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Re: [BKARTS] guillotine cutters



Katie --

I really dislike the new electrical models.  i like the older challenge
type cutters because you can really position things and you can stop at
any point and reposition.  it's the simplicity that i think is so great.
and the fact that everything is open and right there to see while it's
happening. (granted i've had more experience with the older cutters, and
have a love of machines that work without electricity)

so -- if you ever do get your new model and need a home for the old cutter
i would volunteer in a heartbeat!  <wink> <smile>

- kbk

> Sorry, but I must weigh in on this business of older guillontines. They are
> simple, yes, but they can also be extremely dangerous. Some have a lever arm
> that works with a counter weight, and those weights have been known to
> simply fall off one day, allowing the blade suddenly and unexpectedly fall.
> I use an older Challenge table top model, and it has had some extra safety
> devices added on over the years. Not perfect, but better than nothing. The
> device works well enough when the blade is sharp, but I won't allow anyone
> else to use it until thoroughly trained, and then I still watch and worry.
> If I had the $$ I'd get a newer model in a heartbeat, one that is idiot
> proof!
>
> Katie Harper
>
> on 6/3/03 3:57 PM, Edward Stansell at CraftBook@xxxxxxx wrote:
>
> > I would agree about the mechanical history. It is best to examine them first
> > hand. BUT, here, I speak of power cutters. The old time manually operated
> > paper cutters have very little in the way of mechanism to go wrong or even
> > wear
> > out.  In their operation, they are as simple as a board shear. They have a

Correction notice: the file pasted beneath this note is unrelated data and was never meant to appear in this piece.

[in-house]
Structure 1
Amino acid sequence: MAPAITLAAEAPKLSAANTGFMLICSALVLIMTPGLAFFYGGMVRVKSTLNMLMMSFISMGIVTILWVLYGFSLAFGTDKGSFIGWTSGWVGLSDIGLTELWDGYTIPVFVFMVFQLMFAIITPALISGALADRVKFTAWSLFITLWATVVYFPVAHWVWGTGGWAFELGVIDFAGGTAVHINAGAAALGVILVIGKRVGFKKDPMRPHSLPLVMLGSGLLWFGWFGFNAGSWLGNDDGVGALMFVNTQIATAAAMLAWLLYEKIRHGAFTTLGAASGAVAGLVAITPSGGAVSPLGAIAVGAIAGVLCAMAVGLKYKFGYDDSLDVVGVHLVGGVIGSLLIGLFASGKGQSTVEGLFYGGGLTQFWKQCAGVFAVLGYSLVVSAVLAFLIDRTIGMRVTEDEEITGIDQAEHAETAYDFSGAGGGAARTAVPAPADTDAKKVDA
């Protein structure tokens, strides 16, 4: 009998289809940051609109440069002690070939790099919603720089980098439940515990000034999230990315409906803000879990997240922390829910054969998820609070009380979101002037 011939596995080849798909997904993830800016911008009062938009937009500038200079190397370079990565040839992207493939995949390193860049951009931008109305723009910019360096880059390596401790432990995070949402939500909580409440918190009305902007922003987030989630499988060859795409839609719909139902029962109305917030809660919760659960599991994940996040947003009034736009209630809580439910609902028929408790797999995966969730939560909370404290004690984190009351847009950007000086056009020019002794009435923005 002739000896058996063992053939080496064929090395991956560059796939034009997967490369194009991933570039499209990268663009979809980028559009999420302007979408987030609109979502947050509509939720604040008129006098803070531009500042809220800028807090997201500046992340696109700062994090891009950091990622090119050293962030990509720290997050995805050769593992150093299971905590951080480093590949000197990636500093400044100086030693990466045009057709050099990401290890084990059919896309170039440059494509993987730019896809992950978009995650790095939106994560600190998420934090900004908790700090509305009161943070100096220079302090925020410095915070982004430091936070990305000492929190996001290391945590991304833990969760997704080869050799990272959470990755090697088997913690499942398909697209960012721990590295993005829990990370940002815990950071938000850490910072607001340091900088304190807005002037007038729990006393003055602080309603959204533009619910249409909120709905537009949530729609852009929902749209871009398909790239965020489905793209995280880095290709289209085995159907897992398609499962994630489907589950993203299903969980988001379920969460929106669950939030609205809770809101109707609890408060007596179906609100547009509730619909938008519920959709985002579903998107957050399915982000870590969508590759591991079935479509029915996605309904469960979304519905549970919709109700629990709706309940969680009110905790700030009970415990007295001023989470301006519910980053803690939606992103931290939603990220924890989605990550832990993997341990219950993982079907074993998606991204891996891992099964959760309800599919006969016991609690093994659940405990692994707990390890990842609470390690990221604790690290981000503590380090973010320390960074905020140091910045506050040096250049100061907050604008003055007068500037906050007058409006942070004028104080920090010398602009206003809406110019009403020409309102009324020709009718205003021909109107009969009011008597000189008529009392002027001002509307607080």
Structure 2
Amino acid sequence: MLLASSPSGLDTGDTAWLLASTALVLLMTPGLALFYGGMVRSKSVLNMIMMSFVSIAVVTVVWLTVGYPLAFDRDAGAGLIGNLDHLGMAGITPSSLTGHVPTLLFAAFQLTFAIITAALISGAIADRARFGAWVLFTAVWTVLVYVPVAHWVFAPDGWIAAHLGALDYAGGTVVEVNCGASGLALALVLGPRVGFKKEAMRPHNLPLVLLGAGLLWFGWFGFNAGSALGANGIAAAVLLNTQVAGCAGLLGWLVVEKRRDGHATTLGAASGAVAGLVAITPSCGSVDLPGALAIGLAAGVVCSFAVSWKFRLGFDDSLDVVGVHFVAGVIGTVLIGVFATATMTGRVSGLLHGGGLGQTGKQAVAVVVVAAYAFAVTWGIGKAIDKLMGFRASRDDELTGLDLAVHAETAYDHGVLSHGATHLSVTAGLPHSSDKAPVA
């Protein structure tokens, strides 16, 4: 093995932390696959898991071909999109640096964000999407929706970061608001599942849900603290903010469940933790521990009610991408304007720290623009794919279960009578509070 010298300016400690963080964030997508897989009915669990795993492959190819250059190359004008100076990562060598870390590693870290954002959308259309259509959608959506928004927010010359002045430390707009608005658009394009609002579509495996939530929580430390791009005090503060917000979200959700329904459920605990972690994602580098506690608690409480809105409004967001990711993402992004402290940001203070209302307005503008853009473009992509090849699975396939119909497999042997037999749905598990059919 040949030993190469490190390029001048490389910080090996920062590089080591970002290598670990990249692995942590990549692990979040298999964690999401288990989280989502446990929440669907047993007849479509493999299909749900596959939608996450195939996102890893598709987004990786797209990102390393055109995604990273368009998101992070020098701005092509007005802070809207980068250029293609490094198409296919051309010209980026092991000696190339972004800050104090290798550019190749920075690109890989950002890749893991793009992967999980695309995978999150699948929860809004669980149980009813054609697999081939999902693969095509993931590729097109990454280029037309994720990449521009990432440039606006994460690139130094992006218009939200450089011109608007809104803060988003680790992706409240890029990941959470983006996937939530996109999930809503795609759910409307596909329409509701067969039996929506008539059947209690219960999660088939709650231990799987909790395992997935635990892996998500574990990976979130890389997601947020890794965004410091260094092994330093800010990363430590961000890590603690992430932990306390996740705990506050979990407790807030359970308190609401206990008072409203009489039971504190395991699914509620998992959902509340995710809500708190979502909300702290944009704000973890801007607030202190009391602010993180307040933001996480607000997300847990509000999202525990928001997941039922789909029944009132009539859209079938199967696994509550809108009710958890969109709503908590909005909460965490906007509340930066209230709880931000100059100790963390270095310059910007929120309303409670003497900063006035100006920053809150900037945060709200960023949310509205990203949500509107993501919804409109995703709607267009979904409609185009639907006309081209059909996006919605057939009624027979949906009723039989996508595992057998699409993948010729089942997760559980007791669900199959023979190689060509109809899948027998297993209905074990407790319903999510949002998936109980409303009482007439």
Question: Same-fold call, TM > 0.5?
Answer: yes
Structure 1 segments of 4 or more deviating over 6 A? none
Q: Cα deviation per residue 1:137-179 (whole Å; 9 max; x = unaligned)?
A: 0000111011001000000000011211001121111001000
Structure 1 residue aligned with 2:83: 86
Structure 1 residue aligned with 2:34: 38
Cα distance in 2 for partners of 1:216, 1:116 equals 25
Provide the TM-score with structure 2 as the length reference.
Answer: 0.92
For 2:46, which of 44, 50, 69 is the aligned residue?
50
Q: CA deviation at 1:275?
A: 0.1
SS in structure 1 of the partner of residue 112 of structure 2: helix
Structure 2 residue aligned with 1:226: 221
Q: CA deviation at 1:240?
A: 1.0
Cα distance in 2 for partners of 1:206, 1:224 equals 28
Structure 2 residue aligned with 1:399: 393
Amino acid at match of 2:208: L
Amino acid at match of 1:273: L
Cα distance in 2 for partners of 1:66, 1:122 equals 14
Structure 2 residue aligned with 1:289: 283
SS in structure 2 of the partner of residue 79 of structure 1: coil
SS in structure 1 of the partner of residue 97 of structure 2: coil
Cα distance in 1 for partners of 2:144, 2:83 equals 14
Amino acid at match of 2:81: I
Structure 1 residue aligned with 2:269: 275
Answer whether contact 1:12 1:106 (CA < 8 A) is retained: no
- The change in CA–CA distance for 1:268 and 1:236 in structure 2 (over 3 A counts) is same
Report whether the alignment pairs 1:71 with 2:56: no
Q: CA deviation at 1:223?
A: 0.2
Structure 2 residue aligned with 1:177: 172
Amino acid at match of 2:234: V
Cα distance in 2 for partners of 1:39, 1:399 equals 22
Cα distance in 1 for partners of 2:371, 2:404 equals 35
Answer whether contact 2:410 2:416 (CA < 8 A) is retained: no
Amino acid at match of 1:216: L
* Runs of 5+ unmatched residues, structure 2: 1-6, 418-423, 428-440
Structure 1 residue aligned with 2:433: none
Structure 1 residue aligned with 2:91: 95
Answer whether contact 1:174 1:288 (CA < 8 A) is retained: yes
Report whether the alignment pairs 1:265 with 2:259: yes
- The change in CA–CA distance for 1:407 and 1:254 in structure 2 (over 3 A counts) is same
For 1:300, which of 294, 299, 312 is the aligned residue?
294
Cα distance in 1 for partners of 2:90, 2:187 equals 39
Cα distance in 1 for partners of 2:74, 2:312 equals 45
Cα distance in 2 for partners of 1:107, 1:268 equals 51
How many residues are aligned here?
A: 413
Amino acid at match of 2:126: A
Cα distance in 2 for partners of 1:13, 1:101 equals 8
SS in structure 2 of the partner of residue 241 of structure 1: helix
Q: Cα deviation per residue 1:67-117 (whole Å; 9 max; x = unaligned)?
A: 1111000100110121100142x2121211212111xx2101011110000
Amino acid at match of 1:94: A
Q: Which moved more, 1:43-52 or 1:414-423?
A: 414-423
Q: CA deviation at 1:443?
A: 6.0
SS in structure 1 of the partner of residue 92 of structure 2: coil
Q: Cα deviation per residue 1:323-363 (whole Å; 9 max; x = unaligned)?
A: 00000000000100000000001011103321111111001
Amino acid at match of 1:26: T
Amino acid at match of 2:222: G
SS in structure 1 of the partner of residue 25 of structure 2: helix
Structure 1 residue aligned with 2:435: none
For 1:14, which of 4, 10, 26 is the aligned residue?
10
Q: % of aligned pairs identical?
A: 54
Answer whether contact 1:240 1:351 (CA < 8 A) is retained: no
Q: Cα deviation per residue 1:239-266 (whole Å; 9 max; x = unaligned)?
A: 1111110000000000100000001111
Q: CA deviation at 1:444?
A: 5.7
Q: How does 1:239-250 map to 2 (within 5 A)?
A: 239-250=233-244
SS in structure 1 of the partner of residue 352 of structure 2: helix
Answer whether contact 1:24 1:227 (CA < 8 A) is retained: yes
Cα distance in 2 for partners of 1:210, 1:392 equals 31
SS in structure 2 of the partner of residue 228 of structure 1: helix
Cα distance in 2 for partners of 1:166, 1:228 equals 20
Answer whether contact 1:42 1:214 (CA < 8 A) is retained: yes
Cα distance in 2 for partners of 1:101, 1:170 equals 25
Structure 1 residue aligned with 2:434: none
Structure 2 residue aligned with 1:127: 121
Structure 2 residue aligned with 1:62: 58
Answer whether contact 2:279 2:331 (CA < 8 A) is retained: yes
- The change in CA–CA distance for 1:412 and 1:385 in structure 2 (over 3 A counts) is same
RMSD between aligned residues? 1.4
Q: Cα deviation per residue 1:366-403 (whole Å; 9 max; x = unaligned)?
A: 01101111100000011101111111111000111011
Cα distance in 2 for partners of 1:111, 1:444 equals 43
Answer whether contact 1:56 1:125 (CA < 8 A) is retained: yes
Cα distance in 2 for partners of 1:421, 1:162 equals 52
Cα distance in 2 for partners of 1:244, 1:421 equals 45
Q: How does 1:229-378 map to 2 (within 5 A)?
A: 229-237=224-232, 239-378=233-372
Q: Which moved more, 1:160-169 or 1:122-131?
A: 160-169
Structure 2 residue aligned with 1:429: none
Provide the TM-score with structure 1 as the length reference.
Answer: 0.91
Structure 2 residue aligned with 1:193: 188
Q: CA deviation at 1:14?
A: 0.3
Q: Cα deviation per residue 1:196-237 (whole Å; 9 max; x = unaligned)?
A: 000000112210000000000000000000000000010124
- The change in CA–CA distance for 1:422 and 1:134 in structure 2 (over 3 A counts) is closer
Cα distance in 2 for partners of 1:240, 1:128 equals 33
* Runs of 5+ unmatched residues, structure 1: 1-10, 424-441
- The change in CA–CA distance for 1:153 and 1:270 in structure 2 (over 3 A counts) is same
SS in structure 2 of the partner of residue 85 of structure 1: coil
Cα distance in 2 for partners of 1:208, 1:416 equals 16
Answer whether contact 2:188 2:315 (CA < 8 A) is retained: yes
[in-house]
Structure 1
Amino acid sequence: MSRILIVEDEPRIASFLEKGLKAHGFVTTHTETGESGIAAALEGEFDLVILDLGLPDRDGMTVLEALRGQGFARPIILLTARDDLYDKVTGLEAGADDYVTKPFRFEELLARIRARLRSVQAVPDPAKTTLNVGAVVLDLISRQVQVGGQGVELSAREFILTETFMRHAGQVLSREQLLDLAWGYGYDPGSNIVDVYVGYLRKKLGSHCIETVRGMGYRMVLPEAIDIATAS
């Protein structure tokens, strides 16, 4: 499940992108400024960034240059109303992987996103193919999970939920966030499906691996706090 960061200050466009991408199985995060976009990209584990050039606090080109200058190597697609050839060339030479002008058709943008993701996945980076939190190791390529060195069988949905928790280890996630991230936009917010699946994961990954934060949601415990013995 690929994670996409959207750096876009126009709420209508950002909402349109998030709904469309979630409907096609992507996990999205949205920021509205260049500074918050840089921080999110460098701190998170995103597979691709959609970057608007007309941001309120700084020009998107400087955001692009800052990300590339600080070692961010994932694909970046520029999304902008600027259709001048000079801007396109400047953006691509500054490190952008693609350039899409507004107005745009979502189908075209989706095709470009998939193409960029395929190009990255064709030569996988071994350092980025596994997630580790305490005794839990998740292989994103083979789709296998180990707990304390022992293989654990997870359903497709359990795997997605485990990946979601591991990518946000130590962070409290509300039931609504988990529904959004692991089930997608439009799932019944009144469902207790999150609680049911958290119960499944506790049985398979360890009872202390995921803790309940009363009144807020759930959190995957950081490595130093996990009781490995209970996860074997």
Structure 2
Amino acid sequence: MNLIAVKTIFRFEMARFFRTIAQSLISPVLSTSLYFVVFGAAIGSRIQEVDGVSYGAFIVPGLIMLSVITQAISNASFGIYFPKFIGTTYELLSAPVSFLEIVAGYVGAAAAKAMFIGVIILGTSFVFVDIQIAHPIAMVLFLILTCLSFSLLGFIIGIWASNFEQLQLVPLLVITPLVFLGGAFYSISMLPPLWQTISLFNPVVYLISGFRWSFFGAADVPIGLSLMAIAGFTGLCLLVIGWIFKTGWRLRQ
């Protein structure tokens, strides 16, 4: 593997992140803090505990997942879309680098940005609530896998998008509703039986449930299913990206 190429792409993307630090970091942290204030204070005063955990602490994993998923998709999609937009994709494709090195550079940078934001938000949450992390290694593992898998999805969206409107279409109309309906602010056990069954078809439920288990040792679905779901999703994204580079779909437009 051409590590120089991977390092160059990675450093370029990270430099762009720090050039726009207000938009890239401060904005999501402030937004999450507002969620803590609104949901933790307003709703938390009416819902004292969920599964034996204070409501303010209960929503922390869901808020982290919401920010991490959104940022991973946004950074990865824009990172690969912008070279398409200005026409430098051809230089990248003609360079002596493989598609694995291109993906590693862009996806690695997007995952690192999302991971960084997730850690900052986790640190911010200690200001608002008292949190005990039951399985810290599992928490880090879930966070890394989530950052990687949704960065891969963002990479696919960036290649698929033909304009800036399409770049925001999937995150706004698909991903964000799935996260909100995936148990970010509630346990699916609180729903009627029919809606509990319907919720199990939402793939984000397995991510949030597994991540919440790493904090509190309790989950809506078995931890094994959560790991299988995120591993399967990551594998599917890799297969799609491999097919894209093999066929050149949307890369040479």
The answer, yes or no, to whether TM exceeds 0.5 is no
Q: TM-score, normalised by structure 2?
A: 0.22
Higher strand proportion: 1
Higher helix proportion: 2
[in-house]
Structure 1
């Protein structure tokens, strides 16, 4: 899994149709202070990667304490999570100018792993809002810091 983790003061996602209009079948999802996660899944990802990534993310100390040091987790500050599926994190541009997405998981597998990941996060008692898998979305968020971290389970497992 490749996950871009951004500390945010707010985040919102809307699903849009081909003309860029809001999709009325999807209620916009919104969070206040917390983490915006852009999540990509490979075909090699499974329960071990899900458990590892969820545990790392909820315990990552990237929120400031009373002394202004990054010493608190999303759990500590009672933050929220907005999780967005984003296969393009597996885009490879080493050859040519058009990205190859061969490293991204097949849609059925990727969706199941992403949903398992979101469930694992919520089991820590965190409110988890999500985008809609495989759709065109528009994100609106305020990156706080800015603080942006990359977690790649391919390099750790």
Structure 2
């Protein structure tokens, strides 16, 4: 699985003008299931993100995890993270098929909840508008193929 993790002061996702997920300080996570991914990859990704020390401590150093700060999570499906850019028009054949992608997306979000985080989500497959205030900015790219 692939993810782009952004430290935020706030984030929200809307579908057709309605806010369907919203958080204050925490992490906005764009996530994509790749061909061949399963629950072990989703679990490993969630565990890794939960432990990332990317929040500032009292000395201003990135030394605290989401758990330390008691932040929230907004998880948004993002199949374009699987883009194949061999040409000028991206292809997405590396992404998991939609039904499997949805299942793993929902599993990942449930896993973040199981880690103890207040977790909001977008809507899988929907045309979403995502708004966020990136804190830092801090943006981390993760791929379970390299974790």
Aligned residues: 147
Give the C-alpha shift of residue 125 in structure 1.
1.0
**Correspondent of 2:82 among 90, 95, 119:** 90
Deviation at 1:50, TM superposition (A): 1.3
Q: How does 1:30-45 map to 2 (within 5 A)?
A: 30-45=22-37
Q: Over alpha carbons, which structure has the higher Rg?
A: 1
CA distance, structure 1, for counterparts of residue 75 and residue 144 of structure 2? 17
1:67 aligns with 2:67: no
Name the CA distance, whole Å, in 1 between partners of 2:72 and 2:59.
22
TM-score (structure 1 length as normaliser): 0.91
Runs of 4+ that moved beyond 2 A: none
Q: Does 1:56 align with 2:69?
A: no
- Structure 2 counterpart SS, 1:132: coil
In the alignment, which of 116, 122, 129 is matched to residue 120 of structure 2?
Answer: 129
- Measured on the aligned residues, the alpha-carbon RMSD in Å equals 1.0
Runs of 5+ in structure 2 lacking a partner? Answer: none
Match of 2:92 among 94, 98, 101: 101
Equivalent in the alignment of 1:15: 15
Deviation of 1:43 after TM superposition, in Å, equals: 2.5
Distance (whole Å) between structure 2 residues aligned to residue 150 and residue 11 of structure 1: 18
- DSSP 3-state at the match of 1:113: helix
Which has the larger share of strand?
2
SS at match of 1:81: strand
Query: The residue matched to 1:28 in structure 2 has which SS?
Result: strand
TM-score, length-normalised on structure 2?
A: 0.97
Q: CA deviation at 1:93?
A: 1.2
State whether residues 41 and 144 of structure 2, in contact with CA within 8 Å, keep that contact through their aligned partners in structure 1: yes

> > back
> > guage that operates with a wheel an a worm gear. Their clamps are either foot
> > powered or have a wheel that lowers the clamp when you give it a spin. The
> > knife is brought down with a long cast iron handle which is attached to a
> > counter-weight to bring it back up after the cut is made. You can't get much
> > simpler
> > than that. Ocassionally, someone has abused them. The common problem then is
> > that the adjustment screws in the knife bar are lost or broken off.   Of
> > course
> > no one should buy a pig in a poke. Give a look, kick the tires. If nothing
> > falls off it's probably O.K.
> >
> > Ed S.
> >
> >            ***********************************************
> >           BOOK_ARTS-L: The listserv for all the book arts.
> >     For subscription information, the Archive, and other related
> >           resources and links go to the Book_Arts-L FAQ at:
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>
>
>
> Katie Harper
> Ars Brevis Press
> Cincinnati, OH
> 513-233-9588
> http://www.arsbrevispress.com
>
>

             ***********************************************
            BOOK_ARTS-L: The listserv for all the book arts.
      For subscription information, the Archive, and other related
            resources and links go to the Book_Arts-L FAQ at:
                      <http://www.philobiblon.com>

        Archive maintained and suppported by Conservation OnLine
                    <http://palimpsest.stanford.edu>
             ***********************************************


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